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Thread: Purchasing issues

  1. #1

    Question Purchasing issues

    Well, I have not been posting for a while, but I have been busy with a lot of other things. I have only purchased diapers a couple of times. I have had no problems before because the supermarket I usually go to has three self checkouts. Now, the problem now is that there is now an employee who seems to have been appointed the job of watching over these self checkouts all of a sudden. This has prevented me from going back again, and now it seems that I will have to try and find a new store to buy from. Any advice?

  2. #2


    In my experience, those watch-overers are only there to help if something doesn't work and you can't figure it out yourself. If you already know your way around those self-checkout machines, then you'll still not be interacting with anybody.

    But the bigger piece of advice is: The cashiers and clerks don't care what you buy, so just try not to worry. Why, when I was a young whippersnapper, there were no self-checkouts! I was buying my own Pampers at age 13... from a human! It sucked the first time, but it was no sweat from then on. People really don't care.

  3. #3


    I agree with Cottontail. Every time I buy, I buy from a person and it really isn't as bad as you may think it is. Most likely they just want their shift to end and couldn't care less about what people are buying. If you are still concerned, try small talk with the cashier and very subtly suggest who the nappies are "really" for. In other words, just say that your parents sent you to buy them for a family member. If you sound annoyed they'll believe it and pity you a little bit and, quite possibly, relate! Be warned though, the first time I bought nappies I tried small talk and it didn't go to well as I unintentionally raised a sensitive topic (I complained about my parents only to have the cashier say that hers are no longer alive. Luckily I am fairly quick witted and apologized and found a way to brush it off and the ordeal did not end too badly). The other thing you could try, which might actually be more lucrative for you, is to go to a thrift store or a dollar store. I would suggest going to those as nappies are far cheaper and there is usually no other customers if you go to the right place. In my experience with them the cashiers at these types of places are almost relieved to see someone walk in as they are just so damn bored. While this does mean that they might talk to you, if they do, they will definitely be super nice and helpful. If I were you I would look for thrift stores near you online and then when you do go, have something some sort of excuse in the event that the cashier will say something to you. Keep in mind that the rest of the people you know will most likely never go this store or ever even see the cashier in their lives. One last thing, if the person at the checkout line does want to talk, that might just work in your favor. If you strike up a compelling enough conversation, you might work out a discount. This is especially true for the tiny stores since, like I said, the cashiers are so relieved to have something to do. I have managed to get discounts in the past at all sorts of stores for a variety of different items so just keep confident and try not to worry too much.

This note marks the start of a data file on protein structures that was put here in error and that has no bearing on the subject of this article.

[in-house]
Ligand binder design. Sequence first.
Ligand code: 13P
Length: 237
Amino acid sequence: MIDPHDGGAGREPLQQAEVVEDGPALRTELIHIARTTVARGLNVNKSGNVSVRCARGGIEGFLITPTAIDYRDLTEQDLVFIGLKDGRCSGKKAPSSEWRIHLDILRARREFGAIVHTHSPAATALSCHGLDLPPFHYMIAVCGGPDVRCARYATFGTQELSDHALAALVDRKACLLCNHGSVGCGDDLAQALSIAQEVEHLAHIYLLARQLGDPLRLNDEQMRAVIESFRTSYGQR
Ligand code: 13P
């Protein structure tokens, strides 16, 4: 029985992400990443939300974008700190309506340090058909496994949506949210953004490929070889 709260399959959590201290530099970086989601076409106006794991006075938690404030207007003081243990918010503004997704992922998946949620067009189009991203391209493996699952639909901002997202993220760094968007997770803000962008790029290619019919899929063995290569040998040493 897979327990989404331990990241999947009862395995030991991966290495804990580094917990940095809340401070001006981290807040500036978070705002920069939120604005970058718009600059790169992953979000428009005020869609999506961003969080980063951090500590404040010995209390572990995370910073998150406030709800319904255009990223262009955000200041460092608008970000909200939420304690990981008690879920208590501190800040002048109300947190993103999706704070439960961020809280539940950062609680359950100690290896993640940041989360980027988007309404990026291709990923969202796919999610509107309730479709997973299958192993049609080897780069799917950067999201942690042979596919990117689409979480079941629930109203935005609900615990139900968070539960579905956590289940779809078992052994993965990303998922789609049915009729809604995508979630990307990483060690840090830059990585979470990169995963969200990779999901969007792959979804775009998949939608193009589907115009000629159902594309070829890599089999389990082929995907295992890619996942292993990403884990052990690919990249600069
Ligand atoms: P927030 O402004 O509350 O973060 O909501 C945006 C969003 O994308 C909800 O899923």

4. #4


    Thanks for the input everyone who has posted so far! I was fine buying the first couple of times, but for some reason my nerves have come back.

  5. #5


    When I was 13 I was very shy about buying diapers so I asked a friend to run them through the check out for me. I would give my friend an extra few bucks for helping me.

  6. #6


    Quote Originally Posted by pamperchu View Post
    When I was 13 I was very shy about buying diapers so I asked a friend to run them through the check out for me. I would give my friend an extra few bucks for helping me.
    That counts as brave, I think! At 13, I couldn't have imagined letting my friends in on anything to do with my diapers.

  7. #7


    and of course there's always better diapers to be had when buying online. once you've started doing that it's hard to imagine going through in-store purchases again.

  8. #8


    i just walk up to the counter and buy them, just don't make it seem like a big deal; being a former cashier, we usually could care less what you're buying. if you're nervous and shaking like a leaf that tends to draw attention to you, if you're confident and act like you don't care, they would more than likely assume you're buying for someone else.

    plus it's usually a smart idea to buy them in a different town if you don't want to be seen by someone you may know.

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